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'Steer-it Clear-it' aims to reduce delays

BUFFALO -- It took the average driver 9 minutes to clear a car from the road after a minor accident on a local highway during the last year. It took another 18 minutes for traffic to get back to normal.

Those can be dangerous delays. 

"When you're out there and you're investigating a minor accident, there's nothing worse than hearing that sound of another fender bender, a rubber necker, causing an accident," said New York State Police Capt. Michael P. Nigrelli.

Officials this morning unveiled a new campaign aimed at educating drivers to quickly move their vehicles from the road after a minor accident. 

The "Steer-it Clear-it" safety awareness campaign asks drivers to take three steps when in an accident: check to make sure people in both cars are OK; see if your car can be driven. If so, officials urge people to move to a safe area such as a nearby road, cross street or parking area.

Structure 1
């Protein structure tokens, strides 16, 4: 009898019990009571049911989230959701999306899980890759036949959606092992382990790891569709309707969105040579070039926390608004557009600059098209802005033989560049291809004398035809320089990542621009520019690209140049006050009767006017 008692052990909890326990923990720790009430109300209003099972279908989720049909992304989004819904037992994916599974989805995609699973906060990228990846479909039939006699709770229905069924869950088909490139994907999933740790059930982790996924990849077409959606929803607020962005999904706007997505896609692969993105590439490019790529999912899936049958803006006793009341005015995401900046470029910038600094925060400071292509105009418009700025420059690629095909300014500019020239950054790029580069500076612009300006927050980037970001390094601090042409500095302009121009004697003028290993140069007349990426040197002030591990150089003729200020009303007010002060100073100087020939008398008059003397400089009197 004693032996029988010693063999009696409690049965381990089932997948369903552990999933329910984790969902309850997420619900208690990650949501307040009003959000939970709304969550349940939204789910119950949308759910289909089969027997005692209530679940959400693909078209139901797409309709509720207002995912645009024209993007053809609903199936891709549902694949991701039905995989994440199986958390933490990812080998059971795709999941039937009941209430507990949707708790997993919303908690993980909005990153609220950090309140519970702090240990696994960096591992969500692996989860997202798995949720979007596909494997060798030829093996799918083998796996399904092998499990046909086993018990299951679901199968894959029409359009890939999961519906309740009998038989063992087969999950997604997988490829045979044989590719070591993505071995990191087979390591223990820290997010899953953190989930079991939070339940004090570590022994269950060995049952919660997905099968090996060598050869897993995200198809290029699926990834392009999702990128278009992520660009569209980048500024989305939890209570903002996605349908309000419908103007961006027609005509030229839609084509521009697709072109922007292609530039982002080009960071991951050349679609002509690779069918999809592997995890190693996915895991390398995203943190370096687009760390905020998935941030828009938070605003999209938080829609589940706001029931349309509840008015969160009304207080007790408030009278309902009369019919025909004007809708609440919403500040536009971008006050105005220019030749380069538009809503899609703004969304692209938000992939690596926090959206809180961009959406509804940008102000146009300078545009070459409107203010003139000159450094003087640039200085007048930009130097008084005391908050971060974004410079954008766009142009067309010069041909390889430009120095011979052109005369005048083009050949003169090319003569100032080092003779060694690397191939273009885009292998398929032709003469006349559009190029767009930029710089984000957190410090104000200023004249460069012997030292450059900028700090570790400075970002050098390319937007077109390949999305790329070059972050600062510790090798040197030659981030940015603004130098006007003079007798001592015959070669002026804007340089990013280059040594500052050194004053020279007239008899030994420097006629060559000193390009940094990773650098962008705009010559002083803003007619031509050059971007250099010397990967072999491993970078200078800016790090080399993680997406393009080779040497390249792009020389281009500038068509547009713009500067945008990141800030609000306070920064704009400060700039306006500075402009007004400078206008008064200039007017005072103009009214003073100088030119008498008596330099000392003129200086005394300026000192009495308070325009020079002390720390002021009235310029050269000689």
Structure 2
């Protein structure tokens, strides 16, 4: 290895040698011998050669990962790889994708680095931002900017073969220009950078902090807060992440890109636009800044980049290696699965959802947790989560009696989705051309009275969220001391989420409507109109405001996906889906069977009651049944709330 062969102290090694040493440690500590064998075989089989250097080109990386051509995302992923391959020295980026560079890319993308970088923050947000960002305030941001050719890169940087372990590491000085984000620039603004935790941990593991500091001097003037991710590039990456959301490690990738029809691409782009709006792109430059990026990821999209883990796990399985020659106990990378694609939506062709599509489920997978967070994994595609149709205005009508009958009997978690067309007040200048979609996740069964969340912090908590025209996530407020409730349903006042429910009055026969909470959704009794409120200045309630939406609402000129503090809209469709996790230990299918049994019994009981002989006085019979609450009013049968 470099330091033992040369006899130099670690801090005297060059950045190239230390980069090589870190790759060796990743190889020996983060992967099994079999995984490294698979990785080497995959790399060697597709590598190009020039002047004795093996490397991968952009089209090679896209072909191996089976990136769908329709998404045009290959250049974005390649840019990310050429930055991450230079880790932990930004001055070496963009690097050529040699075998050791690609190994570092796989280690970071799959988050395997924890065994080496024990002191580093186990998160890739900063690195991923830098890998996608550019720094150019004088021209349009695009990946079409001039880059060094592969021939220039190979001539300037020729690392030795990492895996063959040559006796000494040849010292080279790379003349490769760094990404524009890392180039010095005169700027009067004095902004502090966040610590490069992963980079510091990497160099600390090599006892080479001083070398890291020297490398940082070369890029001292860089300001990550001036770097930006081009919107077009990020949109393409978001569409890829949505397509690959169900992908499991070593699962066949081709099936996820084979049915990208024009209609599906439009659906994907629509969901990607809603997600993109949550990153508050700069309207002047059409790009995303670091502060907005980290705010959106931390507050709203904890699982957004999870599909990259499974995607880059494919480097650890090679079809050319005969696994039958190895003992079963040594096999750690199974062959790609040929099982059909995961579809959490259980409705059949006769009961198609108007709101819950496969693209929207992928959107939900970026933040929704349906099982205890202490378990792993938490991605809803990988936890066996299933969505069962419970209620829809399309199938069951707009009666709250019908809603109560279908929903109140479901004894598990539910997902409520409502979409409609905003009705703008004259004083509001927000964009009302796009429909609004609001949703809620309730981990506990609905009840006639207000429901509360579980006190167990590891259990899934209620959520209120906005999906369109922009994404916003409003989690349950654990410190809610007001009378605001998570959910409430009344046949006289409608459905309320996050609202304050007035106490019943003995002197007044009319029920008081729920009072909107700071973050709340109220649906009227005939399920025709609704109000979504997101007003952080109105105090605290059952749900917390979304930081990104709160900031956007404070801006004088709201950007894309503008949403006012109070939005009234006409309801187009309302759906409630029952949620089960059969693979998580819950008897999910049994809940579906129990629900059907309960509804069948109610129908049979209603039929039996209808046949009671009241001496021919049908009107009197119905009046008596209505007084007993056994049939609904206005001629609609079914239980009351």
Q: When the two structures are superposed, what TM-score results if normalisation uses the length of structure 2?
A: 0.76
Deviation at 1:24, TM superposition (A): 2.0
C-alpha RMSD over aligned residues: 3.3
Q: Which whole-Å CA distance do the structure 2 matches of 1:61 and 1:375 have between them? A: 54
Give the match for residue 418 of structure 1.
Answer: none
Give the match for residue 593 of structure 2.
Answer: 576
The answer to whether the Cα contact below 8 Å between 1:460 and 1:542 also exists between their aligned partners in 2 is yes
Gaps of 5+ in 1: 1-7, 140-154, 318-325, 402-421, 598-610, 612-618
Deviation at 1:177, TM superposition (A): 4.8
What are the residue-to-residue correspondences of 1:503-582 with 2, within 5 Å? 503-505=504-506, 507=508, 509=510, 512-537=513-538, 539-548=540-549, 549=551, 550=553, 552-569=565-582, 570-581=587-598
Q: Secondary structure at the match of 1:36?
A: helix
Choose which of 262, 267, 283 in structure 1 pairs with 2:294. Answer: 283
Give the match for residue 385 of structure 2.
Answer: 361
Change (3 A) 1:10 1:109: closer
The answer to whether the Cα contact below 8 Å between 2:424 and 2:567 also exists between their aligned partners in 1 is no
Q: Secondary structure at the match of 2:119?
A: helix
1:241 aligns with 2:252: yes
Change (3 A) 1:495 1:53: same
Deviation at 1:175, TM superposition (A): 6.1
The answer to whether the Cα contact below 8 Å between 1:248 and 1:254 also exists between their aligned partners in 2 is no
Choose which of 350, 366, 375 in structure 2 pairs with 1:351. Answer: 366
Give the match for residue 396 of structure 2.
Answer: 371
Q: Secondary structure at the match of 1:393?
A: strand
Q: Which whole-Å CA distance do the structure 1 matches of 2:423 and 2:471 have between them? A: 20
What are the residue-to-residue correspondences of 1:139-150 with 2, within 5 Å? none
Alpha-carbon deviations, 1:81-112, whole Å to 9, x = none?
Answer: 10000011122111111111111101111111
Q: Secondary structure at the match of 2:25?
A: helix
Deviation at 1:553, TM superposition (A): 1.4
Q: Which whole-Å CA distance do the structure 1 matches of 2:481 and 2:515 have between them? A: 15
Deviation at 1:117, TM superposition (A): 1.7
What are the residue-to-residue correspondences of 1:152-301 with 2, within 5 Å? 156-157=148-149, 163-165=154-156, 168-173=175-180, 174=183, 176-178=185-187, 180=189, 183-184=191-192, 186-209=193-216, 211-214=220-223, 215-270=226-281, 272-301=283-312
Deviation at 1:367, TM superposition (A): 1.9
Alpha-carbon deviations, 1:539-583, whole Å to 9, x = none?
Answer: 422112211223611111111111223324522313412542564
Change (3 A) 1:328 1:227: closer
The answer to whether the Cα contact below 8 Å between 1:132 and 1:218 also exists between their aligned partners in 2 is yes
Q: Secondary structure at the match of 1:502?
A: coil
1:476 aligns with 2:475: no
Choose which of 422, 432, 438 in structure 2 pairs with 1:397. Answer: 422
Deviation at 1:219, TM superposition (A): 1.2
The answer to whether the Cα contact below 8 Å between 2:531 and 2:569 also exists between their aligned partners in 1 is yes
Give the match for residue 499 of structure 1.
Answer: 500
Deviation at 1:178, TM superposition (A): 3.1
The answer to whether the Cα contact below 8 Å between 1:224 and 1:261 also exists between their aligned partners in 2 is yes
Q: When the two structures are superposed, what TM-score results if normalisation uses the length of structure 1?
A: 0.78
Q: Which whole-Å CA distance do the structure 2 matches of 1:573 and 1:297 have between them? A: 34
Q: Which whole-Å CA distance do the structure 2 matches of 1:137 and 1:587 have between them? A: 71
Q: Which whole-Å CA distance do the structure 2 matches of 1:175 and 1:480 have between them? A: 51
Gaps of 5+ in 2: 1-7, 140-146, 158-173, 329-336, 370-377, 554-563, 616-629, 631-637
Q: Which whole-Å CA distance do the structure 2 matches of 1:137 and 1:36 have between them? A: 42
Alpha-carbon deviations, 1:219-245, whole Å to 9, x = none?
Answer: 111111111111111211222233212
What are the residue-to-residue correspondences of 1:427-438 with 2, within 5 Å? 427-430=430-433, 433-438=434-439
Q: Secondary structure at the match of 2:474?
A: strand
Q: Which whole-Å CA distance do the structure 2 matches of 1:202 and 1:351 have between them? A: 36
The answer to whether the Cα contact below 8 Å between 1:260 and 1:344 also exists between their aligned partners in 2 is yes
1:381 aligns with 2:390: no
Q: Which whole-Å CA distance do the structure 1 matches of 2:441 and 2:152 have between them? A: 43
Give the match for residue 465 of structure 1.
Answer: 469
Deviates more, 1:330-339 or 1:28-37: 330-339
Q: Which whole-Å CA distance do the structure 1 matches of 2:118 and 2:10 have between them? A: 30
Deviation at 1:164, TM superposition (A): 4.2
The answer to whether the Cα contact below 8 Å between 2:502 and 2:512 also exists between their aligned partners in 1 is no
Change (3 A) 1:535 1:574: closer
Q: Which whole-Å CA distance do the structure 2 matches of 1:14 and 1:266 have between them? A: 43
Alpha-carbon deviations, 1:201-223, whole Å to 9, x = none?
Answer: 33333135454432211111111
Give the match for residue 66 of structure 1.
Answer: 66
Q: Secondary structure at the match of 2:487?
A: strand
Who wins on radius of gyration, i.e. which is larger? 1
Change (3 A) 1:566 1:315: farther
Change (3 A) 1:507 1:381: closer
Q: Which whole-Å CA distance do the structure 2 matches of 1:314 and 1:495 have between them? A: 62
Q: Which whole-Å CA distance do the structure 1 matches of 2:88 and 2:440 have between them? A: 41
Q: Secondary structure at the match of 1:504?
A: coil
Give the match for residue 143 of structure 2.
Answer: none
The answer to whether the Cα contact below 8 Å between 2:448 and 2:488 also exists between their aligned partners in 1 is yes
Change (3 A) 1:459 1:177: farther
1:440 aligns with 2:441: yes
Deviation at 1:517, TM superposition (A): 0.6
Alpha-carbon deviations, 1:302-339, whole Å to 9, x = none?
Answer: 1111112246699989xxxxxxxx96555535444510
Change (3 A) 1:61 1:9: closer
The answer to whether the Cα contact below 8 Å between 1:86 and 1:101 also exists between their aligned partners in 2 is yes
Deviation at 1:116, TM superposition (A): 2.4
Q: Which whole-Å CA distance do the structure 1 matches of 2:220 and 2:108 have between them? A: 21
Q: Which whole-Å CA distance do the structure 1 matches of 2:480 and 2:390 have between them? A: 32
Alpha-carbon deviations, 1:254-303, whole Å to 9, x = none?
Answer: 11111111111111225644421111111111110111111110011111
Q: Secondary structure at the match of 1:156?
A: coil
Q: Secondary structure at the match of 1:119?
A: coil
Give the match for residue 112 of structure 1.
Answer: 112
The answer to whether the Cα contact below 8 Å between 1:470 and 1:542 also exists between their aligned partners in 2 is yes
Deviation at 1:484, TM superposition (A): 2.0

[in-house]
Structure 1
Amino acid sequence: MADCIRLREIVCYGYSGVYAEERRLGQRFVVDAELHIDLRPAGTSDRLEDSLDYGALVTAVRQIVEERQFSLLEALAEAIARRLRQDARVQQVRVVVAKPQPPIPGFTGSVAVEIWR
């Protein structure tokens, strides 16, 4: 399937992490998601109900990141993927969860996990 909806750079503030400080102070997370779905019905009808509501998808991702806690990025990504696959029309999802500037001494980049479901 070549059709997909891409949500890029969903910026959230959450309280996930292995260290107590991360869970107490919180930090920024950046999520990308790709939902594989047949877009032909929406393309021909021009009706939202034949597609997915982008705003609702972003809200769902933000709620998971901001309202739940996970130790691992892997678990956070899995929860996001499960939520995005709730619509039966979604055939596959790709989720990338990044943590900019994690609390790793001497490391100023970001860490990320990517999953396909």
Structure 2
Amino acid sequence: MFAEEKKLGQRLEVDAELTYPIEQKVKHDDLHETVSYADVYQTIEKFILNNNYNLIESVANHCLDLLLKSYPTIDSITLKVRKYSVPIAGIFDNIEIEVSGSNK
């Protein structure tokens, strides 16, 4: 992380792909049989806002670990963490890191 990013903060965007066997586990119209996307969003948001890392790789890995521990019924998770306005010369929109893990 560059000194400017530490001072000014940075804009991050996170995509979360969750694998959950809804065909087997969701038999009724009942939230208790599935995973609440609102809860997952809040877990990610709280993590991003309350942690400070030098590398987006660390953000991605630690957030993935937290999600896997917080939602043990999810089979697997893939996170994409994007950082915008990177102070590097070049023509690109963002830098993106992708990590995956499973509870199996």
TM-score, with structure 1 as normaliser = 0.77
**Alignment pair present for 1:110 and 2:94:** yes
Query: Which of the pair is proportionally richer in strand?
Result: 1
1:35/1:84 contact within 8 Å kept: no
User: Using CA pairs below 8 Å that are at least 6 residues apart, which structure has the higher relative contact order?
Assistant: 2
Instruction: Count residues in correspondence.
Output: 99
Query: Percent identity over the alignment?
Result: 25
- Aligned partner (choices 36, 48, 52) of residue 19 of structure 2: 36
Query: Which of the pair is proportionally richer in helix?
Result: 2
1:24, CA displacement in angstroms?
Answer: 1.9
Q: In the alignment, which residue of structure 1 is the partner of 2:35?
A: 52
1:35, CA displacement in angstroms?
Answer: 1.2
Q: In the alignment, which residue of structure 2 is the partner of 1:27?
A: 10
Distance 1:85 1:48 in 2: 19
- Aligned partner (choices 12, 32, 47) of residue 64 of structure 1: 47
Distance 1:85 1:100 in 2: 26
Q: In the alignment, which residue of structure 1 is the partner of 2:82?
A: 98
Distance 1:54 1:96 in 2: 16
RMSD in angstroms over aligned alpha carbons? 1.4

"As you might imagine, the quicker we can clear those out, the less impact there is, the less of an opportunity there is for traffic, the less opportunity there is for collisions, and the safer working environment it is both for the traveling public and for the emergency responders," said Tom George, executive director for the Niagara International Transportation Technology Coalition. 

George said there have been more than 20 "secondary accidents" since January that occurred when traffic backed up because of a crash. 

The campaign will be visible on electronic signs on regional highways and will be broadcast on the area's highway advisory radio.

Officials said people often wrongly believe they have to leave their cars in place after an accident.

Hear George describe "Steer-it Clear-it" in this audio clip from a news conference this morning at NITTEC's traffic operations center control room.

--Denise Jewell Gee

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